- Facebook has raised concerns about sweeping new fake new laws in Singapore.
- A bill, targeting “online falsehoods and manipulation,” grants the governmentpowers to demand that internet “intermediaries” like Facebook block information they deem to be fake news.
- If Facebook fails to comply, it could get hit with numerous fines.
- Human Rights Watch has condemned the bill, saying it would allow Singapore’s government to suffocate freedom of expression online.
Mark Zuckerberg said he wanted regulation, well he’s getting it — in the shape of sweeping new ban on fake news in Singapore, which could spell trouble for Facebook.
The Protection from Online Falsehoods and Manipulation bill, which had its first reading this month, proposes sweeping new powers for Singapore ministers to deem what counts as misinformation online.
Human Rights Watch has condemned the bill, saying it would allow Singapore’s government to suffocate freedom of expression on the internet.
“Singapore’s ministers should not have the power to singlehandedly decree what is true and what is false,” Human Rights Watch’s deputy Asia director Phil Robertson said in a press statement.
“Given Singapore’s long history of prohibiting speech critical of the government, its policies or its officials, its professed concerns about ‘online falsehoods’ and alleged election manipulation are farcical.”
As for Facebook, it could find itself on the receiving end of fines if it fails to comply with the new regulations. A spokeswoman for Human Rights Watch told Business Insider that, although the new laws don’t hold companies like Facebook directly liable for false content, there are numerous ways the social network could be penalised.
How much could Facebook get fined?
Under the new laws, ministers can order internet intermediaries, such as Facebook, to send a push notification to Singapore users when a piece of information has been deemed false by the government. Facebook may also be required to disable access to the offending content.
Non-compliance on Facebook’s end would mean a fine of 1 million Singapore dollars ($740,000 USD) plus an extra S$100,000 ($74,000) for every day the firm is non-compliant.
If Facebook facilitates the sharing of ads for websites blacklisted by the government, it could be fined S$500,000 ($369,000). This fine would apply even if the content was distributed automatically.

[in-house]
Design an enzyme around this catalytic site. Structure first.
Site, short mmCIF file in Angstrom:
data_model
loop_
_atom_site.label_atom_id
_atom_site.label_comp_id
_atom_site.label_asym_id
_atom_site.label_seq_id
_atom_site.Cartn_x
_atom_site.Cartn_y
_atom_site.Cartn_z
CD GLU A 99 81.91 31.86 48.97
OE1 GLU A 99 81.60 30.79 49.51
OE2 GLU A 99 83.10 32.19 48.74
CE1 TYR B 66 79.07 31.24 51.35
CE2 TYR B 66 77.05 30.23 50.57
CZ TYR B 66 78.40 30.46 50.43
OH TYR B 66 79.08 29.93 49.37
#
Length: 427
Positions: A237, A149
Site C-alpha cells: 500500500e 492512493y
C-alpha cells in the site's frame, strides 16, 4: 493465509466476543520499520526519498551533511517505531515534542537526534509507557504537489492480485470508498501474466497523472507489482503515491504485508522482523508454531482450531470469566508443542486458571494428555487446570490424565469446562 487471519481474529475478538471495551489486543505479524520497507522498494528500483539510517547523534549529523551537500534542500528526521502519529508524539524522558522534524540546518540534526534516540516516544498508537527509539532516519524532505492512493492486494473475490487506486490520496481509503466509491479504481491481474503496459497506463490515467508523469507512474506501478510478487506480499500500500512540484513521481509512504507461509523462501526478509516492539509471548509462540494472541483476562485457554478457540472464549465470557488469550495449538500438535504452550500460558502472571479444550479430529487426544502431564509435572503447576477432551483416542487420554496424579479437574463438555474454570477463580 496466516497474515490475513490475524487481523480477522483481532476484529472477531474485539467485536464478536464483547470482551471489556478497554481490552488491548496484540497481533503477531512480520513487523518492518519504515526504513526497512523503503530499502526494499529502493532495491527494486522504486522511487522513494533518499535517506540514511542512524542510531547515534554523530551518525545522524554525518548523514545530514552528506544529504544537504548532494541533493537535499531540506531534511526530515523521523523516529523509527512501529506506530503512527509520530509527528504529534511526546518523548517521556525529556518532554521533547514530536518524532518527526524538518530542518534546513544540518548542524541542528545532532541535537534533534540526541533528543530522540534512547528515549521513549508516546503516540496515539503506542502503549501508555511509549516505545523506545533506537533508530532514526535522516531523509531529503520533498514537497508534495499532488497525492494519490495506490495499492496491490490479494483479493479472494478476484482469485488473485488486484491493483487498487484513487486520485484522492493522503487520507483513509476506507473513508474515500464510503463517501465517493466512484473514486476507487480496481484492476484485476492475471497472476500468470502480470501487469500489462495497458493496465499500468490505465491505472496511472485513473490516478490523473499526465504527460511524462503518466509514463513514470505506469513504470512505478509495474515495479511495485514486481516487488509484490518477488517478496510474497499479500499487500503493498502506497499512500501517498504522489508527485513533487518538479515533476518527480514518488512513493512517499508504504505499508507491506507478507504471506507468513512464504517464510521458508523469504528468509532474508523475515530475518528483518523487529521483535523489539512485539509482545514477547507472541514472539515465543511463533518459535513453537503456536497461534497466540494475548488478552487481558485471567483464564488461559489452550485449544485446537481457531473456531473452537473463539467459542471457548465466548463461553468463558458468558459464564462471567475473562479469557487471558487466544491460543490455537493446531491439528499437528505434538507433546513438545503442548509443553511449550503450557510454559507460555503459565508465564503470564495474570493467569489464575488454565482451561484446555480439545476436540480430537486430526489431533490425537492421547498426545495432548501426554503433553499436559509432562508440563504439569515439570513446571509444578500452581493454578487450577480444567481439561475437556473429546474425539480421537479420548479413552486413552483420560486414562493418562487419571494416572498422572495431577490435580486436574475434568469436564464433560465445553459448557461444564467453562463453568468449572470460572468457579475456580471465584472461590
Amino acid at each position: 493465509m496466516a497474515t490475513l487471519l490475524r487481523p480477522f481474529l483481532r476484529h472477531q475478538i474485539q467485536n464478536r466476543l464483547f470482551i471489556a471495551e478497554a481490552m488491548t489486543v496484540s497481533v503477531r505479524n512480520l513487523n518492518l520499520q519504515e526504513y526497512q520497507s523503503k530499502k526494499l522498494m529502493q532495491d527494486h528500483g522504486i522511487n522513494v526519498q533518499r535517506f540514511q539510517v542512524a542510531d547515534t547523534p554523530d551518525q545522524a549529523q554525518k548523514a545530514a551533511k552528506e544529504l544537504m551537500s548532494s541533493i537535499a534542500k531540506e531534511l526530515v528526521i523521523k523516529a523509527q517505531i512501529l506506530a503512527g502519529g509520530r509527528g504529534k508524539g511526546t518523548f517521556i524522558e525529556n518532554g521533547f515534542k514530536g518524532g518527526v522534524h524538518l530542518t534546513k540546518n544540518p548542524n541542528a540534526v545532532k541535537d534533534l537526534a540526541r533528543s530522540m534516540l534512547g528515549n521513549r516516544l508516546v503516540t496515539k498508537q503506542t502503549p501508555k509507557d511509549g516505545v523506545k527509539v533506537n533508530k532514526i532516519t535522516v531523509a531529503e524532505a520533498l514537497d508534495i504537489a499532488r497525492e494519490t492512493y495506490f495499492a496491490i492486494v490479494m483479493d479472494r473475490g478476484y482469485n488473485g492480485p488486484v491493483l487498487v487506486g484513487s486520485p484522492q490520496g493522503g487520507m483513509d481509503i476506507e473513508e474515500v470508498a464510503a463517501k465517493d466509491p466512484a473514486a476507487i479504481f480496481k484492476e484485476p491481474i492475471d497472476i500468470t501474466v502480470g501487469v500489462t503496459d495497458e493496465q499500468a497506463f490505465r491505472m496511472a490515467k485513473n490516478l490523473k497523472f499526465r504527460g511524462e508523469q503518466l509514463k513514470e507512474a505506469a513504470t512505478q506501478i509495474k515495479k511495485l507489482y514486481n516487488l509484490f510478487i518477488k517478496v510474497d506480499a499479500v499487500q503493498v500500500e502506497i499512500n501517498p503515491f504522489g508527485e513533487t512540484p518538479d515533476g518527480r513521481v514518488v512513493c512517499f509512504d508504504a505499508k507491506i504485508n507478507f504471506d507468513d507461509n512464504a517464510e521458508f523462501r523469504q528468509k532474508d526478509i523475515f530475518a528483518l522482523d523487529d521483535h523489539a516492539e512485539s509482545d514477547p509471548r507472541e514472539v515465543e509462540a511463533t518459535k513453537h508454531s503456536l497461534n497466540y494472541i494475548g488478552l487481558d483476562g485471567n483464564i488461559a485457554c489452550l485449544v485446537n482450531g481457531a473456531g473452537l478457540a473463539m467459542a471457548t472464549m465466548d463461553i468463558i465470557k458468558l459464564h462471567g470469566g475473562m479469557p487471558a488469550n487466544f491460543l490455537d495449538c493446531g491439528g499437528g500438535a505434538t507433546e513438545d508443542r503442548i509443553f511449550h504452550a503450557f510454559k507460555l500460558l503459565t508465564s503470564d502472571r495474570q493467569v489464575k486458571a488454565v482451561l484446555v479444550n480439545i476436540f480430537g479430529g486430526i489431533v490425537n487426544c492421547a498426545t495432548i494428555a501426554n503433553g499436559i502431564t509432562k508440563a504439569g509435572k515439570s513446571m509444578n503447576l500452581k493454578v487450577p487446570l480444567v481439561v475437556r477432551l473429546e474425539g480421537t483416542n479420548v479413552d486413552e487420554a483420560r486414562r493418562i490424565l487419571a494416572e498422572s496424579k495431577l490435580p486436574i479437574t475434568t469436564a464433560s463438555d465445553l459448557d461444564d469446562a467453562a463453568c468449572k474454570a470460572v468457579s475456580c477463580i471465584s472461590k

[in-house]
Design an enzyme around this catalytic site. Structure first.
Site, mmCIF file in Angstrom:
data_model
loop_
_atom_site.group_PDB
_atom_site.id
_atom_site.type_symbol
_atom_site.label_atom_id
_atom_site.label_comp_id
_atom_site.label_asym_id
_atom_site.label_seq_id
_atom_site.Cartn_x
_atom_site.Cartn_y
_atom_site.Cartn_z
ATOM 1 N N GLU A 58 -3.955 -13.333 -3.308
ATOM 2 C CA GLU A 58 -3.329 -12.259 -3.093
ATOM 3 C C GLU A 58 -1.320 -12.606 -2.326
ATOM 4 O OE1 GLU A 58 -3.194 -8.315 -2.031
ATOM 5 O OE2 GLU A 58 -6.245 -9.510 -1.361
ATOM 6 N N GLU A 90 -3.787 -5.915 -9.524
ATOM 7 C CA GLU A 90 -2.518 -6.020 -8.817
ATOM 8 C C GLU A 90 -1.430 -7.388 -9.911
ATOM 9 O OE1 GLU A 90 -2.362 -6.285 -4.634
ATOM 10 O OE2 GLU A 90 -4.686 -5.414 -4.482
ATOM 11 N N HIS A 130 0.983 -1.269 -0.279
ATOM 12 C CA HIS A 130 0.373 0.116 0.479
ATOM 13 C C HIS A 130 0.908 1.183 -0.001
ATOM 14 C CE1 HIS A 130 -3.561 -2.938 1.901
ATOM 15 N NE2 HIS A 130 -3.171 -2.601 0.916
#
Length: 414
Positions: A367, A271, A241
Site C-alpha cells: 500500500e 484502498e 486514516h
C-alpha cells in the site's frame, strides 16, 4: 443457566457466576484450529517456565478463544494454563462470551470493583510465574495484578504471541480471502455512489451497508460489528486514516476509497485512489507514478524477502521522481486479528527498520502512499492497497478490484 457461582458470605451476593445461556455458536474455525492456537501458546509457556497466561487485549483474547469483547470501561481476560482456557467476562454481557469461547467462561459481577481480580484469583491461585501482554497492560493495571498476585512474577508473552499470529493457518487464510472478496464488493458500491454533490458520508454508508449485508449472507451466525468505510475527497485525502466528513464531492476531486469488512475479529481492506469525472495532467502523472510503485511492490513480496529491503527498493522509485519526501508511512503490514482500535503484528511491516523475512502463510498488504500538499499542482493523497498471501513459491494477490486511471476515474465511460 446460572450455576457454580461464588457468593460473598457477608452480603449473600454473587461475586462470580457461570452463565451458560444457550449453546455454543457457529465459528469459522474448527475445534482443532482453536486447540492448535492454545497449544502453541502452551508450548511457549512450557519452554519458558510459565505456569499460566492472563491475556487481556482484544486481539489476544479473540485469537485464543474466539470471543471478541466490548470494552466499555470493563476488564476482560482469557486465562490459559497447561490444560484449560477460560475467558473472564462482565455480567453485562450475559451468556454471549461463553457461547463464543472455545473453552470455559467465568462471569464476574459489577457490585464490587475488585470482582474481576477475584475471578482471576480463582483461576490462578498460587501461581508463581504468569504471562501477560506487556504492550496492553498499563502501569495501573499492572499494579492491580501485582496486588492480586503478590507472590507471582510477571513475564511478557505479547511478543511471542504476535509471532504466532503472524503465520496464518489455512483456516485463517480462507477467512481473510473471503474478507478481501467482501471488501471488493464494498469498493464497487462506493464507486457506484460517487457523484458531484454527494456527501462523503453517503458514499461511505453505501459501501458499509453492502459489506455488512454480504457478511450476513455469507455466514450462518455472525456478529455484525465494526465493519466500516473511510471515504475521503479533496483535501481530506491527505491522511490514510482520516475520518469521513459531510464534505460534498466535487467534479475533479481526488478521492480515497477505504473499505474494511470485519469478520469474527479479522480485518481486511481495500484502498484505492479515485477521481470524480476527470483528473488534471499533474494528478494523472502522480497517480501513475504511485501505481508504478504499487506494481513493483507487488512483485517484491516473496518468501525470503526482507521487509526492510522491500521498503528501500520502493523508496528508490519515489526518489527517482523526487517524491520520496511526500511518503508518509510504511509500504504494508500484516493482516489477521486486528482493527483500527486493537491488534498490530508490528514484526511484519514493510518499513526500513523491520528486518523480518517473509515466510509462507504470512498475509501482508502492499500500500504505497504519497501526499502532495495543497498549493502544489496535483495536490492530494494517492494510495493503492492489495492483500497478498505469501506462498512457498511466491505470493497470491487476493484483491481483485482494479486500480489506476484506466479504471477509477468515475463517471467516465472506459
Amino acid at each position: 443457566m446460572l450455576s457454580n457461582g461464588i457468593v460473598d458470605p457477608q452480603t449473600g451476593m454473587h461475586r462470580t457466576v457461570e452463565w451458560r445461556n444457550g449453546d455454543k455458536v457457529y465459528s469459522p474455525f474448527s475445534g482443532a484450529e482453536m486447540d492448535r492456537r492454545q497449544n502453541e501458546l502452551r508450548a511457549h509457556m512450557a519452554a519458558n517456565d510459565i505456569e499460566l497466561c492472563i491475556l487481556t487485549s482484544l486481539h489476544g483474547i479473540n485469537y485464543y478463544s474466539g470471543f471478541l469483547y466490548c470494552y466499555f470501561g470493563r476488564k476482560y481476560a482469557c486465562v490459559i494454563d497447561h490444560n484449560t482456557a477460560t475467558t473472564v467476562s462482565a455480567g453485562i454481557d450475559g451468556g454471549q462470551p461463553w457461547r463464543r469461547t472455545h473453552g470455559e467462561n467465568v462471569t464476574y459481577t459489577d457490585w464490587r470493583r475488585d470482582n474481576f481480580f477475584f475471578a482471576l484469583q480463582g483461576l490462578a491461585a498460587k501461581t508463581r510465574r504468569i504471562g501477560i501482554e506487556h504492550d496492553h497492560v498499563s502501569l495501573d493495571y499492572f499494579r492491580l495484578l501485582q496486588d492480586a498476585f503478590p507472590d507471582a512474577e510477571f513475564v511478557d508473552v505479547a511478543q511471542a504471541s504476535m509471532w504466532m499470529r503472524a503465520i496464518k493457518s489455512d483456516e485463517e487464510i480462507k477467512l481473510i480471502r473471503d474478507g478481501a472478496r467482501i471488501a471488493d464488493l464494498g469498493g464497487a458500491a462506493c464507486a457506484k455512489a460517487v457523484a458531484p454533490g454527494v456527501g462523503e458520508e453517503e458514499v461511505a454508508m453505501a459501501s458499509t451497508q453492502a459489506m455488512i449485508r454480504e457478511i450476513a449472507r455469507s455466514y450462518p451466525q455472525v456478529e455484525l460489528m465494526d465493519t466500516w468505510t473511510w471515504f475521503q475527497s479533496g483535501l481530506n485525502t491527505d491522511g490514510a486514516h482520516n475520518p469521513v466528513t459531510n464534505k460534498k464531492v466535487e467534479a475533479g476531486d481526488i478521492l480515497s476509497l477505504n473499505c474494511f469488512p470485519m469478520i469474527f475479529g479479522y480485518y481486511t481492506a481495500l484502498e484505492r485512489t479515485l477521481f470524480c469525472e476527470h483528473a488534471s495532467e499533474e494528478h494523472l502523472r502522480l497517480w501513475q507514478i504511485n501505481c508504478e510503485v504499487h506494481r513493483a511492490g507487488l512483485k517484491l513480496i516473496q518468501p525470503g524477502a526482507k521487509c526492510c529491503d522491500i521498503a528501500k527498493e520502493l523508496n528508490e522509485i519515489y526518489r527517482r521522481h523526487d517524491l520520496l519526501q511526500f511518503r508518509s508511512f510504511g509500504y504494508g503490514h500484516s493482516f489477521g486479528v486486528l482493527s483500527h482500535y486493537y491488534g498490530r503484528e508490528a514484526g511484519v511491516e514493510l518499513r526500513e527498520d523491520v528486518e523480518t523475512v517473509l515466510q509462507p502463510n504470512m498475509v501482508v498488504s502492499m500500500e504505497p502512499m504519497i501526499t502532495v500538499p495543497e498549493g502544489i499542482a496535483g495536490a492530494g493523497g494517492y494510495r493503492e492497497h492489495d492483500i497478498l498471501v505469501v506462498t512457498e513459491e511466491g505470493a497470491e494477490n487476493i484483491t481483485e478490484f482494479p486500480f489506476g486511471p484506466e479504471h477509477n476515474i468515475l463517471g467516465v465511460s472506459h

The government could also order Facebook to block certain accounts in Singapore. Failure to do so would result in a S$1 million fine.
Finally, the new laws authorize the Singapore government to institute a yet-to-exist code of practice relating to any paid content that is, “directed towards a political end.” The penalty for non-compliance is another S$1 million fine.
Facebook is worried
Individually these fines amount to small change for a tech giant like Facebook, whose revenue for 2018 totalled almost $56 billion. However, seeing as the fines pertain to individual pieces of information and accounts they could quickly rack up — and that’s before Facebook squares ministers’ potentially draconian demands with its own rules on freedom of expression.
Simon Milner, Facebook’s VP of public policy in Asia-Pacific, expressed concern about the specific sections of the law “that grant broad powers to the Singapore executive branch to compel us to remove content they deem to be false and proactively push a government notification to users.”
In a statement sent to Business Insider, he added: “Giving people a place to express themselves freely and safely is important to us and we have a responsibility to handle any government request to remove alleged misinformation carefully and thoughtfully. We will continue to work with the government, industry and our own community on this important issue.”
Facebook still has some time to lobby, as the laws are not yet a reality. The bill will need to have a second reading before it is passed into law, but the spokeswoman for Human Rights Watch said that it is expected to pass, as it has been proposed by the majority party. CNN reports that Singapore’s Prime Minister Lee Hsien Loong backs the bill.